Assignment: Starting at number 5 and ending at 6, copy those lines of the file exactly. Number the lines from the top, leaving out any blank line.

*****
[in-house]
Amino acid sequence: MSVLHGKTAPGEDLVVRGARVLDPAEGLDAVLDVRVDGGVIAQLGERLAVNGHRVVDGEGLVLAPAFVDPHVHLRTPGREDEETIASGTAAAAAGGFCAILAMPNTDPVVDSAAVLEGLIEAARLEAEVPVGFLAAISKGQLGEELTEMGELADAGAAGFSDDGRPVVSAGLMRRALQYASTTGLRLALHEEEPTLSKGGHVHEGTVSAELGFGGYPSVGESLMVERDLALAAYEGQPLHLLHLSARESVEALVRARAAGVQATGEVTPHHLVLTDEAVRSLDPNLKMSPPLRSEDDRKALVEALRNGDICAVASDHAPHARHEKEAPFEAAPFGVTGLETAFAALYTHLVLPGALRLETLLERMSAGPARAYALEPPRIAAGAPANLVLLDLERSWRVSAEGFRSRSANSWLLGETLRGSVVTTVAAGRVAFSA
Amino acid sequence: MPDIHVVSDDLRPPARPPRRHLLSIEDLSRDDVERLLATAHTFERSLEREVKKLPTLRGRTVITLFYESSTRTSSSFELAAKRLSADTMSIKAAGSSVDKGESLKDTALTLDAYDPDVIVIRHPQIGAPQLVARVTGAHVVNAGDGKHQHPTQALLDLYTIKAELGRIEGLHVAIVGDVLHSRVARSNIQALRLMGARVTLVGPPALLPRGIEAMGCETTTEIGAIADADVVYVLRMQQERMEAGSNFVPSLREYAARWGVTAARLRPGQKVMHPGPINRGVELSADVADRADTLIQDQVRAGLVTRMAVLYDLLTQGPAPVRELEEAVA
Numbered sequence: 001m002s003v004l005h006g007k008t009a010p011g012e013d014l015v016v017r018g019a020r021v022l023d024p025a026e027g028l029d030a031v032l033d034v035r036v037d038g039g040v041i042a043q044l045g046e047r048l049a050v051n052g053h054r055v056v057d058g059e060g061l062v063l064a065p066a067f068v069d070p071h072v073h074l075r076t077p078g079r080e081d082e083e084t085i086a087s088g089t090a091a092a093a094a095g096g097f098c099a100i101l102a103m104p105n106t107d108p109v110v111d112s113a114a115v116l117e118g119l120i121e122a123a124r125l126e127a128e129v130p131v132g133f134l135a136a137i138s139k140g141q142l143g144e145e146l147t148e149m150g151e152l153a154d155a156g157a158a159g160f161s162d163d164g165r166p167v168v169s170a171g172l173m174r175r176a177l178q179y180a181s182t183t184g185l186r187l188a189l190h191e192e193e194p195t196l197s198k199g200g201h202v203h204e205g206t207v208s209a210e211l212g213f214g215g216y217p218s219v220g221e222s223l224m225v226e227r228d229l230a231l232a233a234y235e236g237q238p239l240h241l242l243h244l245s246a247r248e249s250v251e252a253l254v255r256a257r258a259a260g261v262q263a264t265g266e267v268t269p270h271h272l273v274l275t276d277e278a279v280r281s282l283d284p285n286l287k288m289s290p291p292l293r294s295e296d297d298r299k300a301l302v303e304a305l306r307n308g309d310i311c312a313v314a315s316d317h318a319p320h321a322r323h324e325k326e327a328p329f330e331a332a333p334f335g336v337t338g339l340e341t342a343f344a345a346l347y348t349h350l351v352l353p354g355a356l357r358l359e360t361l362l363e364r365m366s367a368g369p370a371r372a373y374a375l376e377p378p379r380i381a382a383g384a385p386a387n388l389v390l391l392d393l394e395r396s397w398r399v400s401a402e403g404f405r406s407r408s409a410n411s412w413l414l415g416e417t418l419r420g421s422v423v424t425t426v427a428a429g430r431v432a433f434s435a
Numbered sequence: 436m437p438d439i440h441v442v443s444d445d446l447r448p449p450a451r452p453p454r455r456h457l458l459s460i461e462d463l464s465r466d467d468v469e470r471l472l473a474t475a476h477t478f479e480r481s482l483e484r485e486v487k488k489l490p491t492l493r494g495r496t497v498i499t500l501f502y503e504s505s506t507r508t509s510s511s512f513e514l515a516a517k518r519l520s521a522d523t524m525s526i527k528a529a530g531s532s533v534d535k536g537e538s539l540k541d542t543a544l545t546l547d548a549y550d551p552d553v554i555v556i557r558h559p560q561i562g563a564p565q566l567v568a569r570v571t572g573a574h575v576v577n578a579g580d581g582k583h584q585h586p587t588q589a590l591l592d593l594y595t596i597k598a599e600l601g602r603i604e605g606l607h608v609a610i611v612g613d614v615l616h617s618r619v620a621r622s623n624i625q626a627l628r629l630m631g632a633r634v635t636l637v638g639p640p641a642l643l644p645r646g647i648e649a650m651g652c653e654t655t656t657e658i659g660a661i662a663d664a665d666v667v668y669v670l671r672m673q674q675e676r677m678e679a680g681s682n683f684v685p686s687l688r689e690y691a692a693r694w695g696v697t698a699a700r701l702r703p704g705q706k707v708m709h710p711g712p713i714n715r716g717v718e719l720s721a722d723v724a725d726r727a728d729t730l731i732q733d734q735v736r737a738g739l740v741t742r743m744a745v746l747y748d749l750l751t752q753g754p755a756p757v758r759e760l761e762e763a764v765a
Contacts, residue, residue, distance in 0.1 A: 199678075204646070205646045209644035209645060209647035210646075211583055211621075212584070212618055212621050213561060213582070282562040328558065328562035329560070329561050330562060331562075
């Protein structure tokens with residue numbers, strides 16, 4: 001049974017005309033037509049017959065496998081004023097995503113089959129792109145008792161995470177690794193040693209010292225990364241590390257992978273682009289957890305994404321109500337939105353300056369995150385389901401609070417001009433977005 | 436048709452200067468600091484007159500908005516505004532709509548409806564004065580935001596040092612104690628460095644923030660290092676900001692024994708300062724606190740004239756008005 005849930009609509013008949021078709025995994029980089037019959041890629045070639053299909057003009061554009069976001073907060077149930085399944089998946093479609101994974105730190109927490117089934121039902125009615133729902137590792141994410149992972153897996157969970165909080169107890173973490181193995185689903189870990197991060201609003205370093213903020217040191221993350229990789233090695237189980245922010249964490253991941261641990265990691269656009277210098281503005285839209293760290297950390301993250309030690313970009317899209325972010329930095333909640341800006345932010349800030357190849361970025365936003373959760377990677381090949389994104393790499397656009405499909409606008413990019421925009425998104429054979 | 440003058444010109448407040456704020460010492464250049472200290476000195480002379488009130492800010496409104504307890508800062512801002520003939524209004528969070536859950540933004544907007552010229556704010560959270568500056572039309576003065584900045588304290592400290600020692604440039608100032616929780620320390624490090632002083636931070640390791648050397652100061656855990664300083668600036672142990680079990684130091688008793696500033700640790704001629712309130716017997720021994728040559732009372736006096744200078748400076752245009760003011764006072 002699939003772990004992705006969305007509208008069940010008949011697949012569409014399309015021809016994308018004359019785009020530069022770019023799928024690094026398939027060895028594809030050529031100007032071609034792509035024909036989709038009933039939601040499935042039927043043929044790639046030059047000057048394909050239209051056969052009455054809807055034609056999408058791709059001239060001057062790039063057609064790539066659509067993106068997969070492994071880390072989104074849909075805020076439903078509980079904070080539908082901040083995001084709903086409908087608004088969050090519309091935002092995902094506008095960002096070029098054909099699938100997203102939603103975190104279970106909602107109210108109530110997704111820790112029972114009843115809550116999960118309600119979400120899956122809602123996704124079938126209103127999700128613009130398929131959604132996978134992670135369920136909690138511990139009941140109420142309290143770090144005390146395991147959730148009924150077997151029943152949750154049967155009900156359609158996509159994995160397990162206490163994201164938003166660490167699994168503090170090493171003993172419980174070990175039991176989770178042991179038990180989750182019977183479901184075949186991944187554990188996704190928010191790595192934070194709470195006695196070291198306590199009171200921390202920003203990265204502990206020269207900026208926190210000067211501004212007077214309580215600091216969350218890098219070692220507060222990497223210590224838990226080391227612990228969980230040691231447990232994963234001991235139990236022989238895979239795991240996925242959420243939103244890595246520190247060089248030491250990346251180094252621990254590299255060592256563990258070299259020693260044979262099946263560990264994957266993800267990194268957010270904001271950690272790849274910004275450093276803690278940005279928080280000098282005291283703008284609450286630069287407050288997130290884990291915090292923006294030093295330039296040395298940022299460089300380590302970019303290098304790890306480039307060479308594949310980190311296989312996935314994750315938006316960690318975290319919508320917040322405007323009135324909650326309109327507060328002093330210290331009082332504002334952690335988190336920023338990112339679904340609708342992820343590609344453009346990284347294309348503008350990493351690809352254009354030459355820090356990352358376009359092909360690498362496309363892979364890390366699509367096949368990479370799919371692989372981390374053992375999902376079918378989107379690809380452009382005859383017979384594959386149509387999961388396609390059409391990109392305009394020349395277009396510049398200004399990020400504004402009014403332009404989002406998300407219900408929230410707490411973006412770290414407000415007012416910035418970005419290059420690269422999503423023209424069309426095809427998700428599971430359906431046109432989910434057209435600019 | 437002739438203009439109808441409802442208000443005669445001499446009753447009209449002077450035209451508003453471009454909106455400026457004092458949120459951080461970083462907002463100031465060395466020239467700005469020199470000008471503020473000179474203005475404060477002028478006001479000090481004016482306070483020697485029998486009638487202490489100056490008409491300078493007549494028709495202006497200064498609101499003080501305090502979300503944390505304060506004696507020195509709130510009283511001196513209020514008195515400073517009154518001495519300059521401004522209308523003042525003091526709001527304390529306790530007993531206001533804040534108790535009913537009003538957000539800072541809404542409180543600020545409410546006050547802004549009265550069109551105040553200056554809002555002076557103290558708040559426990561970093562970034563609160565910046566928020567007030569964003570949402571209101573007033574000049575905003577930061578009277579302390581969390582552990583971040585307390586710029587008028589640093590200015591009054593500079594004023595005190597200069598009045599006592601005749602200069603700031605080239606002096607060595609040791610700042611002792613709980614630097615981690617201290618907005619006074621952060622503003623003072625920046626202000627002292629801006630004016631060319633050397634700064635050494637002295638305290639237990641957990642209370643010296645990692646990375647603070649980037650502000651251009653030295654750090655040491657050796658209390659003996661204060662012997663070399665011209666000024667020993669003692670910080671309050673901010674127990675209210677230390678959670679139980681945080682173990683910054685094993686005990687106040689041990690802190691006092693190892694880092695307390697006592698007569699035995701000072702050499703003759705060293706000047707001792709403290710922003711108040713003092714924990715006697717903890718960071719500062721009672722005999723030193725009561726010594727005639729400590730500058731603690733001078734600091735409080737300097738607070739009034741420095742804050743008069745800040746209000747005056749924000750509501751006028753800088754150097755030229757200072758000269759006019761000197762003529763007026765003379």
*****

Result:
Numbered sequence: 436m437p438d439i440h441v442v443s444d445d446l447r448p449p450a451r452p453p454r455r456h457l458l459s460i461e462d463l464s465r466d467d468v469e470r471l472l473a474t475a476h477t478f479e480r481s482l483e484r485e486v487k488k489l490p491t492l493r494g495r496t497v498i499t500l501f502y503e504s505s506t507r508t509s510s511s512f513e514l515a516a517k518r519l520s521a522d523t524m525s526i527k528a529a530g531s532s533v534d535k536g537e538s539l540k541d542t543a544l545t546l547d548a549y550d551p552d553v554i555v556i557r558h559p560q561i562g563a564p565q566l567v568a569r570v571t572g573a574h575v576v577n578a579g580d581g582k583h584q585h586p587t588q589a590l591l592d593l594y595t596i597k598a599e600l601g602r603i604e605g606l607h608v609a610i611v612g613d614v615l616h617s618r619v620a621r622s623n624i625q626a627l628r629l630m631g632a633r634v635t636l637v638g639p640p641a642l643l644p645r646g647i648e649a650m651g652c653e654t655t656t657e658i659g660a661i662a663d664a665d666v667v668y669v670l671r672m673q674q675e676r677m678e679a680g681s682n683f684v685p686s687l688r689e690y691a692a693r694w695g696v697t698a699a700r701l702r703p704g705q706k707v708m709h710p711g712p713i714n715r716g717v718e719l720s721a722d723v724a725d726r727a728d729t730l731i732q733d734q735v736r737a738g739l740v741t742r743m744a745v746l747y748d749l750l751t752q753g754p755a756p757v758r759e760l761e762e763a764v765a
Contacts, residue, residue, distance in 0.1 A: 199678075204646070205646045209644035209645060209647035210646075211583055211621075212584070212618055212621050213561060213582070282562040328558065328562035329560070329561050330562060331562075